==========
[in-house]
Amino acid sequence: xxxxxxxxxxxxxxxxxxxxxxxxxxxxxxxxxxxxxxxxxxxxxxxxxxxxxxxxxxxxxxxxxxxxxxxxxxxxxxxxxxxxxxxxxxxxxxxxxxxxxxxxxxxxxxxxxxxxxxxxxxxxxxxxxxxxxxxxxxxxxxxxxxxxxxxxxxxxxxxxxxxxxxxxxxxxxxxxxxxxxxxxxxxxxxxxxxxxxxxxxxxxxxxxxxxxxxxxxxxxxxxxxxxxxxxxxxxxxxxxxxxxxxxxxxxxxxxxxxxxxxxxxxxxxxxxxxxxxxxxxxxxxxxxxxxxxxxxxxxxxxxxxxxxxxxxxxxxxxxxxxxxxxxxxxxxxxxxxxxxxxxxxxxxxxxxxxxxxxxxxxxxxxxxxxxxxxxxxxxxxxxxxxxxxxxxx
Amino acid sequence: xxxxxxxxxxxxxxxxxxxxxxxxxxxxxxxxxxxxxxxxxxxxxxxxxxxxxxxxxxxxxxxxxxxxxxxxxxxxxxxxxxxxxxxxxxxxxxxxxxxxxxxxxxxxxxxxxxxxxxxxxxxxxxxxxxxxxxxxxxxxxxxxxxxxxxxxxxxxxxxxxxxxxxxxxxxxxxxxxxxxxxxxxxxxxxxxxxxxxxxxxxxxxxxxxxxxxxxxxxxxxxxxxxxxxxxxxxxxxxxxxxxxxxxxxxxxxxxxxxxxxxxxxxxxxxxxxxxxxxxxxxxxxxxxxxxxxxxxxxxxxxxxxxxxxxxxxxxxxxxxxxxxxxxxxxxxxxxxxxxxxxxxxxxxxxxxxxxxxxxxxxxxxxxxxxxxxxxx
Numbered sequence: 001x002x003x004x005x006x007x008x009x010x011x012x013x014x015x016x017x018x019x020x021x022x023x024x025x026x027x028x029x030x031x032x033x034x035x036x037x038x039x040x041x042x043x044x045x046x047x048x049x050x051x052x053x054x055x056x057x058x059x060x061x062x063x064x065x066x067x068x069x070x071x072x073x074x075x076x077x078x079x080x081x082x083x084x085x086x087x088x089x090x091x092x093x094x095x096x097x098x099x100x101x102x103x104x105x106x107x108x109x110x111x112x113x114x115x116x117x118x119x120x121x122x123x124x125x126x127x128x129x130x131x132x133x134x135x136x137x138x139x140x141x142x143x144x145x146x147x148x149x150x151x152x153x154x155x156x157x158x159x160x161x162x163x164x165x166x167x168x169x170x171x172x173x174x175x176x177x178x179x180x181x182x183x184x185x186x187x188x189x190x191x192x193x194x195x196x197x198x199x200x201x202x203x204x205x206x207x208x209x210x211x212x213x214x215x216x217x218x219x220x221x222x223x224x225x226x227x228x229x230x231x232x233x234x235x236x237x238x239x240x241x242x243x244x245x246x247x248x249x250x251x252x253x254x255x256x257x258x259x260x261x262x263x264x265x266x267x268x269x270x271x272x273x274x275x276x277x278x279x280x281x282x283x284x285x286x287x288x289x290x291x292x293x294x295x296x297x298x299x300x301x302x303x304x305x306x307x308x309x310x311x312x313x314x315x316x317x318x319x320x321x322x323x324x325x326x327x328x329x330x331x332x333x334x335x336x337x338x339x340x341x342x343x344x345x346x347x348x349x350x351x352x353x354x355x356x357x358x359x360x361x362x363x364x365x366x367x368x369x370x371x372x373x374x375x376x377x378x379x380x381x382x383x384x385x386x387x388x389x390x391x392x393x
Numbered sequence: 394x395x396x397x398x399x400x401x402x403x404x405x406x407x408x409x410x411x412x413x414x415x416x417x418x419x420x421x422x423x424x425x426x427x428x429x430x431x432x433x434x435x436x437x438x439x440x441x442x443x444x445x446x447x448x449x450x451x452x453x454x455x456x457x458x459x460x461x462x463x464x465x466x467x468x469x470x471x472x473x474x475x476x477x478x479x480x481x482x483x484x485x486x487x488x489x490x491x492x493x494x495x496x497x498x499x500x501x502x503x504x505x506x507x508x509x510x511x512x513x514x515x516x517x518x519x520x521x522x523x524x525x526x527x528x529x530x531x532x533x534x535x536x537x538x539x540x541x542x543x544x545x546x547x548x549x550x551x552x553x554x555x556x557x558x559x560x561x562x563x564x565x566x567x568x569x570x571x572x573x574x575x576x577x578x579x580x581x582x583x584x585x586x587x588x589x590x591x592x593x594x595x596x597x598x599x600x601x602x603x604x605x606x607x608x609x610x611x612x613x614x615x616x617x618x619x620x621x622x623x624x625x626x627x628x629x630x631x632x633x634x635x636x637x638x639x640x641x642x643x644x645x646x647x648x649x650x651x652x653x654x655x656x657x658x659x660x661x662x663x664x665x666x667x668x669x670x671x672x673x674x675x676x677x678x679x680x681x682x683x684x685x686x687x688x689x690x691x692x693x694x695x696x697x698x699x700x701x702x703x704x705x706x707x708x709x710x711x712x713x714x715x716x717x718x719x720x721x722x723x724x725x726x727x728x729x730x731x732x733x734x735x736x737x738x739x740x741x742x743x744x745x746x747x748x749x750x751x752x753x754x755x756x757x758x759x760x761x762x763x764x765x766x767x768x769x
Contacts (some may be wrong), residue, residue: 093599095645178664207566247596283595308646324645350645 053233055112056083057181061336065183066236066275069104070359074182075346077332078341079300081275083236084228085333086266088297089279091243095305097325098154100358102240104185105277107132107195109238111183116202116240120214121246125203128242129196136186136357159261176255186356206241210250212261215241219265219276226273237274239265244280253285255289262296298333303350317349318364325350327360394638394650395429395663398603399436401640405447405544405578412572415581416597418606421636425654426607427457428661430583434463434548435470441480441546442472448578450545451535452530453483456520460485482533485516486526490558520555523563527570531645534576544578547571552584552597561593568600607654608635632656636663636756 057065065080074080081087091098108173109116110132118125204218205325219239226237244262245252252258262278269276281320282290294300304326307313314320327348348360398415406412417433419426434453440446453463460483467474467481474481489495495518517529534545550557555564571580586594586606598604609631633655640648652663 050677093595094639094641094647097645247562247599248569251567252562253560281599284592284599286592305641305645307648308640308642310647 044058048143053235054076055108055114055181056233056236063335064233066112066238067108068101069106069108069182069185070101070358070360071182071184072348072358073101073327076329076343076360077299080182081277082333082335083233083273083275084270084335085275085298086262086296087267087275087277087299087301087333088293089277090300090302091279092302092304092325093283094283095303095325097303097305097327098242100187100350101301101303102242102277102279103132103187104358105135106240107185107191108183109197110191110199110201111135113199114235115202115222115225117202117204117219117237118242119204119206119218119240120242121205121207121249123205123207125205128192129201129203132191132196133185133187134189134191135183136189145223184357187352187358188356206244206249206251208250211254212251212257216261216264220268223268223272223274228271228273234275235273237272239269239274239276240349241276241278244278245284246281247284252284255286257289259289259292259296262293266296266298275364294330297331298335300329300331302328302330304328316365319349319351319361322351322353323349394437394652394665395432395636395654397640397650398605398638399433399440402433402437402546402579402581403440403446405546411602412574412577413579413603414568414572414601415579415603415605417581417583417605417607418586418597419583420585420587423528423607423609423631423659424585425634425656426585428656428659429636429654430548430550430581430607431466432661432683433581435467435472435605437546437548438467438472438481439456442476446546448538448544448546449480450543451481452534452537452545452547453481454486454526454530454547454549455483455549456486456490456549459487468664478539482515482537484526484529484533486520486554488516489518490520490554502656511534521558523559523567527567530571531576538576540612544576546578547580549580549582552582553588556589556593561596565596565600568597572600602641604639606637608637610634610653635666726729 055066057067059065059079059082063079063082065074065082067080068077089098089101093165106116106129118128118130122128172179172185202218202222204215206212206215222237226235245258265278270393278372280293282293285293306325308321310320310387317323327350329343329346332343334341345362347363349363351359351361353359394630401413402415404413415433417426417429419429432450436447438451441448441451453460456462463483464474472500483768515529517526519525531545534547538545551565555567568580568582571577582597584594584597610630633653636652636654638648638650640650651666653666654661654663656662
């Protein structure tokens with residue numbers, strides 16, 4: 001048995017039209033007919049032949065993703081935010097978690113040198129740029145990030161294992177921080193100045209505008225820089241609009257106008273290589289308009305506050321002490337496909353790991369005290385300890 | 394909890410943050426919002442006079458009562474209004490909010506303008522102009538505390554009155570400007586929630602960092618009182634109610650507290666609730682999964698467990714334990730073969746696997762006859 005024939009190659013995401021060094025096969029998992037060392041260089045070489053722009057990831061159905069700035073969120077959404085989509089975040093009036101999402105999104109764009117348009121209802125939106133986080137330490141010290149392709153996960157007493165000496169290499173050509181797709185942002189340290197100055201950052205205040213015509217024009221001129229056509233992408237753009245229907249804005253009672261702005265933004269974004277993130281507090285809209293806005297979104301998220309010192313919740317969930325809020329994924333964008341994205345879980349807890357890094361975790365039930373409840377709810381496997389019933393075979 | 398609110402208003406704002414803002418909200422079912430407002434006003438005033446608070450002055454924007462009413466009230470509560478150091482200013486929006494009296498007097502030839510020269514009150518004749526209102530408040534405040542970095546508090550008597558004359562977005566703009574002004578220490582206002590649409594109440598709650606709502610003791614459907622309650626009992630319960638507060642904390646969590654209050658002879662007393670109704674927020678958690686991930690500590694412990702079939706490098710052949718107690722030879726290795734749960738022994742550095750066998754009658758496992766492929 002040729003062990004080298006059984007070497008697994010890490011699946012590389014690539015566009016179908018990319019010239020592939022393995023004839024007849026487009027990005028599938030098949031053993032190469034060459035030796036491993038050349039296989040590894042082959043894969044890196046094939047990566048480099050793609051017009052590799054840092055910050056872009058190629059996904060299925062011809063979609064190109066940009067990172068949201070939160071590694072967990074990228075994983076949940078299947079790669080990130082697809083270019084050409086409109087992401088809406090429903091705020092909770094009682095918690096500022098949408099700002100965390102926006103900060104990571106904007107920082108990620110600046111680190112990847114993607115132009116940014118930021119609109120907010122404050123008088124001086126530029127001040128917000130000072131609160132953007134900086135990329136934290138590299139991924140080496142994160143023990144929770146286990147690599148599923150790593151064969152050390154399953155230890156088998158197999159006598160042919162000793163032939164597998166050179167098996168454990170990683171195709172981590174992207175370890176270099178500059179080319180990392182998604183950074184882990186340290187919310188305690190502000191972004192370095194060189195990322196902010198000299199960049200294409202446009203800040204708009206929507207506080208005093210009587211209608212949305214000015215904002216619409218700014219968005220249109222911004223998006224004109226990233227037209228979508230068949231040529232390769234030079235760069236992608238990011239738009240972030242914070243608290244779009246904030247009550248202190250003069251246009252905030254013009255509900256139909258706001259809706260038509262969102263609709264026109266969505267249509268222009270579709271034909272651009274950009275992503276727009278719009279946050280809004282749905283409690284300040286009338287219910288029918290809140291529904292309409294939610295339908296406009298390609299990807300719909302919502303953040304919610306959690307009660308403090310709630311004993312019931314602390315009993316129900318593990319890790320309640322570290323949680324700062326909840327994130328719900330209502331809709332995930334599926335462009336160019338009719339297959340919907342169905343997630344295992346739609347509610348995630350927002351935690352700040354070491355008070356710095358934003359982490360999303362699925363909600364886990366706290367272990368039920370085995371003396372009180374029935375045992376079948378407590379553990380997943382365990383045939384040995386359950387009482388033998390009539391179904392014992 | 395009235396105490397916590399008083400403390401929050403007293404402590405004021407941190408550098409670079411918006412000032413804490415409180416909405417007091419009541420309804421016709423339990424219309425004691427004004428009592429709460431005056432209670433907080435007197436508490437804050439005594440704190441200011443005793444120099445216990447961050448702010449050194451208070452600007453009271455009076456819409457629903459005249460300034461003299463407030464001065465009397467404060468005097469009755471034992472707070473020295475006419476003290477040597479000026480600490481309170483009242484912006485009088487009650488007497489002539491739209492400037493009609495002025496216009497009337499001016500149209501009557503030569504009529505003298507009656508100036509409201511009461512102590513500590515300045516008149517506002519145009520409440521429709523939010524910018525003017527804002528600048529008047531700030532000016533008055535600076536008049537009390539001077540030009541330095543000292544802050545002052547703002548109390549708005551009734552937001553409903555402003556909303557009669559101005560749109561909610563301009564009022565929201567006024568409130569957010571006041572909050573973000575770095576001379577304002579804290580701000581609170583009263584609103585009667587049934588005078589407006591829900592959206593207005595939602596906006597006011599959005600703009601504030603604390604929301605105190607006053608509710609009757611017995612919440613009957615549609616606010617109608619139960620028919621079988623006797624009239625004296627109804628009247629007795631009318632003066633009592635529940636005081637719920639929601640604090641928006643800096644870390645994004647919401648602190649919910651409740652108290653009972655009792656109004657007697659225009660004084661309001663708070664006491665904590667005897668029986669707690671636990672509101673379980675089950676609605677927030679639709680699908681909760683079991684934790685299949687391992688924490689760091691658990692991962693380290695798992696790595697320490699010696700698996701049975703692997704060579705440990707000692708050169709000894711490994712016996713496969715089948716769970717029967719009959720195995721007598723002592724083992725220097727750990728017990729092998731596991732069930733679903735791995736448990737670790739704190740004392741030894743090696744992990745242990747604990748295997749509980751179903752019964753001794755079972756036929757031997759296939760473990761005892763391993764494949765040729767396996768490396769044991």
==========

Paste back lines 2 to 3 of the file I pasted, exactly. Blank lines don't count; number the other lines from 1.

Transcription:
Amino acid sequence: xxxxxxxxxxxxxxxxxxxxxxxxxxxxxxxxxxxxxxxxxxxxxxxxxxxxxxxxxxxxxxxxxxxxxxxxxxxxxxxxxxxxxxxxxxxxxxxxxxxxxxxxxxxxxxxxxxxxxxxxxxxxxxxxxxxxxxxxxxxxxxxxxxxxxxxxxxxxxxxxxxxxxxxxxxxxxxxxxxxxxxxxxxxxxxxxxxxxxxxxxxxxxxxxxxxxxxxxxxxxxxxxxxxxxxxxxxxxxxxxxxxxxxxxxxxxxxxxxxxxxxxxxxxxxxxxxxxxxxxxxxxxxxxxxxxxxxxxxxxxxxxxxxxxxxxxxxxxxxxxxxxxxxxxxxxxxxxxxxxxxxxxxxxxxxxxxxxxxxxxxxxxxxxxxxxxxxxxxxxxxxxxxxxxxxxxx
Amino acid sequence: xxxxxxxxxxxxxxxxxxxxxxxxxxxxxxxxxxxxxxxxxxxxxxxxxxxxxxxxxxxxxxxxxxxxxxxxxxxxxxxxxxxxxxxxxxxxxxxxxxxxxxxxxxxxxxxxxxxxxxxxxxxxxxxxxxxxxxxxxxxxxxxxxxxxxxxxxxxxxxxxxxxxxxxxxxxxxxxxxxxxxxxxxxxxxxxxxxxxxxxxxxxxxxxxxxxxxxxxxxxxxxxxxxxxxxxxxxxxxxxxxxxxxxxxxxxxxxxxxxxxxxxxxxxxxxxxxxxxxxxxxxxxxxxxxxxxxxxxxxxxxxxxxxxxxxxxxxxxxxxxxxxxxxxxxxxxxxxxxxxxxxxxxxxxxxxxxxxxxxxxxxxxxxxxxxxxxxxx